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Mon, Oct 24, 2011 5:20 PM
Mon, Oct 24, 2011 5:50 PM
Mon, Oct 24, 2011 6:16 PM
Key Laboratory of Animal Ecology and Conservation Biology, Institute of Zoology, Chinese Academy of Sciences, Beijing, ChinaAbstract
Whether prey retains antipredator behavior after a long period of predator relaxation is an important question in predator-prey evolution. Père David's deer have been raised in enclosures for more than 1200 years and this isolation provides an opportunity to study whether Père David's deer still respond to the cues of their ancestral predators or to novel predators. We played back the sounds of crows (familiar sound) and domestic dogs (familiar non-predators), of tigers and wolves (ancestral predators), and of lions (potential naïve predator) to Père David's deer in paddocks, and blank sounds to the control group, and videoed the behavior of the deer during the experiment. We also showed life-size photo models of dog, leopard, bear, tiger, wolf, and lion to the deer and video taped their responses after seeing these models. Père David's deer stared at and approached the hidden loudspeaker when they heard the roars of tiger or lion. The deer listened to tiger roars longer, approached to tiger roars more and spent more time staring at the tiger model. The stags were also found to forage less in the trials of tiger roars than that of other sound playbacks. Additionally, it took longer for the deer to restore their normal behavior after they heard tiger roars, which was longer than that after the trial of other sound playbacks. Moreover, the deer were only found to walk away after hearing the sounds of tiger and wolf. Therefore, the tiger was probably the main predator for Père David's deer in ancient time. Our study implies that Père David's deer still retain the memories of the acoustic and visual cues of their ancestral predators in spite of the long term isolation from natural habitat.http://www.ncbi.nlm.nih.gov/pubmed/21887286Lions have developed an astonishing tactical hunting behavior.We used global positioning system collars to monitor the movements of African lions (Panthera leo) and identified their kill sites to distinguish between these two hypotheses. Lions moved to a different area (≥ 5 km away) after 87% of the kills, which supports the patch-disturbance hypothesis for patch-departure behavior of large mammalian carnivores.http://www.ncbi.nlm.nih.gov/pubmed/21750389.. We found that lions encountered preferred prey species far more frequently than expected based on their abundance, and they hunted these species more frequently than expected based on this higher encounter rate. Lions responded variably to non-preferred and avoided prey species throughout the predatory sequence, although they hunted avoided prey far less frequently than expected based on the number of encounters of them. We conclude that actions of lions throughout the predatory behavioural sequence, but particularly early on, drive the prey preferences that have been documented for this species. Once a hunt is initiated, evolutionary adaptations to the predator-prey interactions drive hunting success.http://www.ncbi.nlm.nih.gov/pubmed/21915261Fear of darkness, the full moon and the nocturnal ecology of African lions.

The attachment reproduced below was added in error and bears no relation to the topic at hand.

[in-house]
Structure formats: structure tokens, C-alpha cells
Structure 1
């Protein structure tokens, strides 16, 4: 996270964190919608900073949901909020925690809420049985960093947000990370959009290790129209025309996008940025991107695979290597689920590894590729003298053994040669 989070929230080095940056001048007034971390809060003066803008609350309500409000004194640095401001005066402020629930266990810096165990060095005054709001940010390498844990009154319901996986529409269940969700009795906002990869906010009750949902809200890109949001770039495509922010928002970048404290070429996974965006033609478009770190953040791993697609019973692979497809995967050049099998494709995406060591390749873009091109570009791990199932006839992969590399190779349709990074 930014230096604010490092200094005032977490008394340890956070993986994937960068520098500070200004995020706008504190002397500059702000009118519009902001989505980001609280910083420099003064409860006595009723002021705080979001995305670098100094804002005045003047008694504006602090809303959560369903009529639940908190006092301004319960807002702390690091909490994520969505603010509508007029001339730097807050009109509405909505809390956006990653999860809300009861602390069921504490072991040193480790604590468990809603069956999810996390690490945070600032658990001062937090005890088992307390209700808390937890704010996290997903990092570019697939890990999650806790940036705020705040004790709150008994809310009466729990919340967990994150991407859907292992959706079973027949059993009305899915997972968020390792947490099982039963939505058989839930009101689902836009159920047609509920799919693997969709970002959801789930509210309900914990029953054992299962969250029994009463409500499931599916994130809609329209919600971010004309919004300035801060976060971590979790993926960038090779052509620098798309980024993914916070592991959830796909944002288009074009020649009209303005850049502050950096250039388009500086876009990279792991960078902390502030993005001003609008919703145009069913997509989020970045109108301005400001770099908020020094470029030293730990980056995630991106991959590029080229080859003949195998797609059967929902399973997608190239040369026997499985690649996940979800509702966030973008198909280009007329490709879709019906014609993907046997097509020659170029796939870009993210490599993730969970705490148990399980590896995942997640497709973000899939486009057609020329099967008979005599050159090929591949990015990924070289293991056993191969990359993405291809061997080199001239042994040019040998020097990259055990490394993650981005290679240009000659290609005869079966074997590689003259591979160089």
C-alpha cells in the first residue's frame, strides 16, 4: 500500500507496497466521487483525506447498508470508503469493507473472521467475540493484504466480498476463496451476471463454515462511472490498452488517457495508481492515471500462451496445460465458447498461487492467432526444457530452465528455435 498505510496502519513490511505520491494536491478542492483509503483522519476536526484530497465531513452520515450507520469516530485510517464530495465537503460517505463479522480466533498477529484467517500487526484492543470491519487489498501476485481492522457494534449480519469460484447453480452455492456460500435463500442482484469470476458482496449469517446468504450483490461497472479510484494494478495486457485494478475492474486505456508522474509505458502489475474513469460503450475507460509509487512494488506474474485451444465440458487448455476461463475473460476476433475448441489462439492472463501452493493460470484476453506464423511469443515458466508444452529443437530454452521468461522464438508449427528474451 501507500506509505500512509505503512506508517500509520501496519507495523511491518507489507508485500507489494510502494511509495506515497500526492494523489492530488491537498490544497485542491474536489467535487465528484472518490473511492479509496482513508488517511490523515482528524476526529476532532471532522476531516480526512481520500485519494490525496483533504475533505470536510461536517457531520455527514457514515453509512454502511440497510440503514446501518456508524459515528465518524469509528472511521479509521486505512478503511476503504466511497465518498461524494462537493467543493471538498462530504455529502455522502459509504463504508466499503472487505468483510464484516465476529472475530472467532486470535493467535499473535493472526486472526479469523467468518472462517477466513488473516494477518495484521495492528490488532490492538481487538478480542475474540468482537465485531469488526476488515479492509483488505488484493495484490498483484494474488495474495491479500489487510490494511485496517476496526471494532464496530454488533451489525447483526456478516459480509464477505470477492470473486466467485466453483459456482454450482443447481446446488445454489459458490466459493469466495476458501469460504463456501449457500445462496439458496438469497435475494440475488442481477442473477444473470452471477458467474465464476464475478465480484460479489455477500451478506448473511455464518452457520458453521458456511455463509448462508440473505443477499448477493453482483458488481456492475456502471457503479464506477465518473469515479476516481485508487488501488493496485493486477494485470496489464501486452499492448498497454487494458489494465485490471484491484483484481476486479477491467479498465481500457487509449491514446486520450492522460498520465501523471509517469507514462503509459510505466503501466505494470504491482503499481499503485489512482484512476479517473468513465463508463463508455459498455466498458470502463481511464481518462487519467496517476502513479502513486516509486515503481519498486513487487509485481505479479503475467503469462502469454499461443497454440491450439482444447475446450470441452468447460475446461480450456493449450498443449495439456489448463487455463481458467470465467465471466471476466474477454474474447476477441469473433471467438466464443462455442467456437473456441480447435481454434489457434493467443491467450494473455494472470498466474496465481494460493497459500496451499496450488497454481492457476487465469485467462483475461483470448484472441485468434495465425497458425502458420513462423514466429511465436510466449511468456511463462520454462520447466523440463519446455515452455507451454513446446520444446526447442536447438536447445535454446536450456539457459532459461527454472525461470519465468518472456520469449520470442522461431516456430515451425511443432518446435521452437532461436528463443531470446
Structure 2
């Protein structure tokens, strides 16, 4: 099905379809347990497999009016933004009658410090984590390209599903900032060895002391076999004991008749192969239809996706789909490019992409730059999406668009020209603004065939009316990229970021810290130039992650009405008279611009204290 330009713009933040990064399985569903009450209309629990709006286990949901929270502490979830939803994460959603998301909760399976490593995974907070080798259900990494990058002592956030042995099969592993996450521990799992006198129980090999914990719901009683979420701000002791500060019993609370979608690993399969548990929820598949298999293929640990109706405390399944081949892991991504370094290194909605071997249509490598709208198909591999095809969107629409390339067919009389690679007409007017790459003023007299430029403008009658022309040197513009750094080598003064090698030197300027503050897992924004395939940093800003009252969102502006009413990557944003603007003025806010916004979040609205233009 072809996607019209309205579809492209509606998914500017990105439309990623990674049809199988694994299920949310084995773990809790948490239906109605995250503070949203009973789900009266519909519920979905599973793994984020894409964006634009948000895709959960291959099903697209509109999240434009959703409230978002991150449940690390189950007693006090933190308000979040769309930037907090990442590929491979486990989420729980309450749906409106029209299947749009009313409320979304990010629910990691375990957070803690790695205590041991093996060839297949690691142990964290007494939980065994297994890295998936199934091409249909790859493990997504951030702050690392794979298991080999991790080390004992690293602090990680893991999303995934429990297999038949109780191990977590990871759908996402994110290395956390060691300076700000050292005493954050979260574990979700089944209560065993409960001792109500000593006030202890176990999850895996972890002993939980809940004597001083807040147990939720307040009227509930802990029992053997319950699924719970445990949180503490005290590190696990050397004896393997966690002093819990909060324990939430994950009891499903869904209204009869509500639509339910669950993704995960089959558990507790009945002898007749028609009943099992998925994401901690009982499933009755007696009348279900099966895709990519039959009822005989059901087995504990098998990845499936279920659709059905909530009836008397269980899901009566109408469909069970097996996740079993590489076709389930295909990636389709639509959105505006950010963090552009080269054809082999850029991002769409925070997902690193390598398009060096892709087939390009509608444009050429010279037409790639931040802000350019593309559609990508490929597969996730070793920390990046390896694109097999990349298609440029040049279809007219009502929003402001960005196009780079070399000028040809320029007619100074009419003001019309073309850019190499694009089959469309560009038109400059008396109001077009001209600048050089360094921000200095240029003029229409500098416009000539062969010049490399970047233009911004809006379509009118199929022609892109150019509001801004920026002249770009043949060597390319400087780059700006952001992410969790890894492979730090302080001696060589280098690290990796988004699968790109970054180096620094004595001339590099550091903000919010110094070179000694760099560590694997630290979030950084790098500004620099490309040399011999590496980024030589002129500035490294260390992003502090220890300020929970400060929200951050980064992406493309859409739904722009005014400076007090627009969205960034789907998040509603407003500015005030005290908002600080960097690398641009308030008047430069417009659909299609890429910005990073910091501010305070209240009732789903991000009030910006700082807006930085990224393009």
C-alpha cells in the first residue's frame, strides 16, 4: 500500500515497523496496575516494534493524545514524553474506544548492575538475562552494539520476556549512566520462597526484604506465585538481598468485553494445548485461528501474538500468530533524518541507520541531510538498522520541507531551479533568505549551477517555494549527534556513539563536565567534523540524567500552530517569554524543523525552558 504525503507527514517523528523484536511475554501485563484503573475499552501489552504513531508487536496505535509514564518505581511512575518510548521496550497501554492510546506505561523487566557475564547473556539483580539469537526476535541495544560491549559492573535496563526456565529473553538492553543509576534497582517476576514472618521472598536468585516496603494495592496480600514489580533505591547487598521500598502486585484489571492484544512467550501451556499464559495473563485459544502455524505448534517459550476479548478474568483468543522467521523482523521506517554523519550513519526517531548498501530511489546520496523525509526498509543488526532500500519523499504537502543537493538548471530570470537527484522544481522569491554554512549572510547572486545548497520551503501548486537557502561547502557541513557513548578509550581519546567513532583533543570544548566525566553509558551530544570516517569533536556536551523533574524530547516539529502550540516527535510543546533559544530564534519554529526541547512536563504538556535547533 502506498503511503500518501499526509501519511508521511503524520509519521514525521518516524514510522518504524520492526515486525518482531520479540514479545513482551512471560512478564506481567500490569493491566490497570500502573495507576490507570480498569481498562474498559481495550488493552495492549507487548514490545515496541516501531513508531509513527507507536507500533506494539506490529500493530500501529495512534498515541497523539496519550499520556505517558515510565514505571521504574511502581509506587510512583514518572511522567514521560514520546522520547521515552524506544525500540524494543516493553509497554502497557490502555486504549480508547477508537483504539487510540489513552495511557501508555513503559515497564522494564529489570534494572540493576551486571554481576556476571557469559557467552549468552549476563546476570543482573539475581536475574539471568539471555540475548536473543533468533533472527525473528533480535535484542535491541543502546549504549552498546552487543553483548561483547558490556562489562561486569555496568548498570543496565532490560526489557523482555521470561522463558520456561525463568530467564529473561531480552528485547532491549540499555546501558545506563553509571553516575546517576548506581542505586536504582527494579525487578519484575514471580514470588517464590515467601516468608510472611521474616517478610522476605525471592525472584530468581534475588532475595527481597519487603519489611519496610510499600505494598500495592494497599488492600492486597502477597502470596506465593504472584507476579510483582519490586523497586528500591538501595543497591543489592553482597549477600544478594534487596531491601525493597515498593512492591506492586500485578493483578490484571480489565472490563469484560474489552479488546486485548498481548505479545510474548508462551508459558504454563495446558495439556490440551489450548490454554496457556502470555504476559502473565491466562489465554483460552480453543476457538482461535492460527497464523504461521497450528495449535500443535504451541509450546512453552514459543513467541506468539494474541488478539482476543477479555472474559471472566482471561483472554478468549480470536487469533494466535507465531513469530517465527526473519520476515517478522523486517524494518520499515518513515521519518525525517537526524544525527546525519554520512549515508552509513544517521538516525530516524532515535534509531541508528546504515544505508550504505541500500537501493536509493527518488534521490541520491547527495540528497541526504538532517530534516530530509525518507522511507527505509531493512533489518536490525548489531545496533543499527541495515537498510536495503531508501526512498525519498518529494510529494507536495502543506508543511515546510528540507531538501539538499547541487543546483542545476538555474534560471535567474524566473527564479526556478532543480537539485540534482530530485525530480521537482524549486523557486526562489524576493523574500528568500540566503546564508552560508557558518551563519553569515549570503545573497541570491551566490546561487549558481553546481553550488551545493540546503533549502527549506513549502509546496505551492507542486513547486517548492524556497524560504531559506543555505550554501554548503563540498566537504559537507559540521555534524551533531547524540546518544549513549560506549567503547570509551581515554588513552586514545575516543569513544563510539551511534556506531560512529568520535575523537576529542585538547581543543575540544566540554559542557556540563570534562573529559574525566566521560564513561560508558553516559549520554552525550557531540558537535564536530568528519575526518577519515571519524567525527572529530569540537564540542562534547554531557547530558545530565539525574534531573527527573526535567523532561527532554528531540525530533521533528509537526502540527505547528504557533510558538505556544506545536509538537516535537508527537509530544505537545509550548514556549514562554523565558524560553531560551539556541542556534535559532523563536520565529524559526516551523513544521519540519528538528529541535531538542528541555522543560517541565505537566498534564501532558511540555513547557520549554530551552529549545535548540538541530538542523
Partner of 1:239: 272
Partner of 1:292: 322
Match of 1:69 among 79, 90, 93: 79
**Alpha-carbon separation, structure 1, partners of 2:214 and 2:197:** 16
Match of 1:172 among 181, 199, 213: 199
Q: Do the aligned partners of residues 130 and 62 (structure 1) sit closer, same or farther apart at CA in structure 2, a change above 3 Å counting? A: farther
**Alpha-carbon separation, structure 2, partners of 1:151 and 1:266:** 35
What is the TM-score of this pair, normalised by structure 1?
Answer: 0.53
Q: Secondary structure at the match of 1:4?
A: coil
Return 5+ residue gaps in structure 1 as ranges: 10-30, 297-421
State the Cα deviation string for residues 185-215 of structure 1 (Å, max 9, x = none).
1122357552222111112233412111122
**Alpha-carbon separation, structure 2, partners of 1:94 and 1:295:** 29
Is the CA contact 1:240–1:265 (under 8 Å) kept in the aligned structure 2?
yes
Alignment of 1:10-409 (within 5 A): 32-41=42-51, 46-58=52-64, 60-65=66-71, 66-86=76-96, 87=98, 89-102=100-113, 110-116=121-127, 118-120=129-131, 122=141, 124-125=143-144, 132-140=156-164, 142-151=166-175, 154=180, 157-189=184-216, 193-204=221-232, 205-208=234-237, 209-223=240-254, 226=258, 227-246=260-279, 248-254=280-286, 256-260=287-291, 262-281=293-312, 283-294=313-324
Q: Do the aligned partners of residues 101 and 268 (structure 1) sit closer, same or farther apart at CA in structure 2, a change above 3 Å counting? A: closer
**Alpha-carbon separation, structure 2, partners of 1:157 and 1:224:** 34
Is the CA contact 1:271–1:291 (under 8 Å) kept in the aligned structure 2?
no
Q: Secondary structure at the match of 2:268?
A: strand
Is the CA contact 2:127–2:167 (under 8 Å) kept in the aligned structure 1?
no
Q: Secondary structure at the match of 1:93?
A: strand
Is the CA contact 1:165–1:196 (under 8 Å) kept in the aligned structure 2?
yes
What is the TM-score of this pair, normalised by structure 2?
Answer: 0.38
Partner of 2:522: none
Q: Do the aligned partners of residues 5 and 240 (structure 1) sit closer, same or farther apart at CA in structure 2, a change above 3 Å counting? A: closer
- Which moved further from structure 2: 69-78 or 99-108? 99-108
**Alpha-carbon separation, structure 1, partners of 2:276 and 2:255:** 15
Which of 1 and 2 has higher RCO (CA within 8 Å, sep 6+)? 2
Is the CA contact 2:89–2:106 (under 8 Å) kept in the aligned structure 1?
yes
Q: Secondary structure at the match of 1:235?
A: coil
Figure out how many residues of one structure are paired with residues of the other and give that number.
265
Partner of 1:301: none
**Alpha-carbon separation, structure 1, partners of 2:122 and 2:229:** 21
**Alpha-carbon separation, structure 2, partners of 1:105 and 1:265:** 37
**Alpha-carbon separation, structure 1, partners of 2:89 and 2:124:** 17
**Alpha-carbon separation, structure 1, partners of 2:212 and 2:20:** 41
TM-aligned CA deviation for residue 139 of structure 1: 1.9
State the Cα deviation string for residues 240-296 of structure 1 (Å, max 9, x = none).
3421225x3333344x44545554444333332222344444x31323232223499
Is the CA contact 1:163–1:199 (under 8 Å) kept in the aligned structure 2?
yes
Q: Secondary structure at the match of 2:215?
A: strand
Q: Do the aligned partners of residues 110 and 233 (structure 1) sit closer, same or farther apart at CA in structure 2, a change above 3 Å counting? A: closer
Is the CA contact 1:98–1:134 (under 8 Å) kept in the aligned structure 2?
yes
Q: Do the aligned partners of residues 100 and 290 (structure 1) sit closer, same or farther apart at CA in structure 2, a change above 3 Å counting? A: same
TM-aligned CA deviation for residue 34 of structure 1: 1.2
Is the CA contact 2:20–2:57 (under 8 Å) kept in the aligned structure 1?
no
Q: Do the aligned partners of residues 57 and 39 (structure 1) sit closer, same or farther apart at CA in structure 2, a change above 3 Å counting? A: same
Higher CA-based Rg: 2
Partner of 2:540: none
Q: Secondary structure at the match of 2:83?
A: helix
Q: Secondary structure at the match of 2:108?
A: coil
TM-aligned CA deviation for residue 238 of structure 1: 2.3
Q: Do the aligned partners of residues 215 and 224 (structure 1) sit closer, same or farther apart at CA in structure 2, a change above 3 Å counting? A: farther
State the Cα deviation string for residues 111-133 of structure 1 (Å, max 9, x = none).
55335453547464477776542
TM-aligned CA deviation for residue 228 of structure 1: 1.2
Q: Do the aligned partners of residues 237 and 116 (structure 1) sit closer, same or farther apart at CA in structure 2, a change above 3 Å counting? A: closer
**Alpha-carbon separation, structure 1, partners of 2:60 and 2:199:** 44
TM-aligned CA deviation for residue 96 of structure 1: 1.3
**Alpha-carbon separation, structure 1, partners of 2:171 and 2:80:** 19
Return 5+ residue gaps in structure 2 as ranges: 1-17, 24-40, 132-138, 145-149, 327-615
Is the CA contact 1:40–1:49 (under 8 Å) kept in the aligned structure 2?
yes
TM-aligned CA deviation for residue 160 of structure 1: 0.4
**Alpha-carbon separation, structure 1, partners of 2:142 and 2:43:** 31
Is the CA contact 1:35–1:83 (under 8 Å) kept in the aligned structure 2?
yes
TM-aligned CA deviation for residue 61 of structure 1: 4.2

Department of Ecology, Evolution and Behavior, University of Minnesota, St. Paul, Minnesota, United States of America. firstname.lastname@example.orgAbstract